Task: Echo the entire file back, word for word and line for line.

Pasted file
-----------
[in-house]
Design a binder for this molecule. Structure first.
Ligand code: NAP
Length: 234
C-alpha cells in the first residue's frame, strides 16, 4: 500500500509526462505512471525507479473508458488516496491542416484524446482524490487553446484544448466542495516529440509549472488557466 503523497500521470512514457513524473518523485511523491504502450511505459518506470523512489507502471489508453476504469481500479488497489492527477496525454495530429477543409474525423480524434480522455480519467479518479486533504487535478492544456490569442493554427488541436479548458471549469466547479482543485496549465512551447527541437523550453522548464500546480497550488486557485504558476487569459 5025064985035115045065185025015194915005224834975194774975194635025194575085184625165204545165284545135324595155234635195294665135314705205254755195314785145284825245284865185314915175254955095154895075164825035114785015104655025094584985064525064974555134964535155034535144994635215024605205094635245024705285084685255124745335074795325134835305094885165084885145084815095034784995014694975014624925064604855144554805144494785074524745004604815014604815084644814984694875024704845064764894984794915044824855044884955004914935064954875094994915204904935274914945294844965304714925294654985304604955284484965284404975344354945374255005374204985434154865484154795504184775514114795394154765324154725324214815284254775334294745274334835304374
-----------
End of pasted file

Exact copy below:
[in-house]
Design a binder for this molecule. Structure first.
Ligand code: NAP
Length: 234
C-alpha cells in the first residue's frame, strides 16, 4: 500500500509526462505512471525507479473508458488516496491542416484524446482524490487553446484544448466542495516529440509549472488557466 503523497500521470512514457513524473518523485511523491504502450511505459518506470523512489507502471489508453476504469481500479488497489492527477496525454495530429477543409474525423480524434480522455480519467479518479486533504487535478492544456490569442493554427488541436479548458471549469466547479482543485496549465512551447527541437523550453522548464500546480497550488486557485504558476487569459 5025064985035115045065185025015194915005224834975194774975194635025194575085184625165204545165284545135324595155234635195294665135314705205254755195314785145284825245284865185314915175254955095154895075164825035114785015104655025094584985064525064974555134964535155034535144994635215024605205094635245024705285084685255124745335074795325134835305094885165084885145084815095034784995014694975014624925064604855144554805144494785074524745004604815014604815084644814984694875024704845064764894984794915044824855044884955004914935064954875094994915204904935274914945294844965304714925294654985304604955284484965284404975344354945374255005374204985434154865484154795504184775514114795394154765324154725324214815284254775334294745274334835304374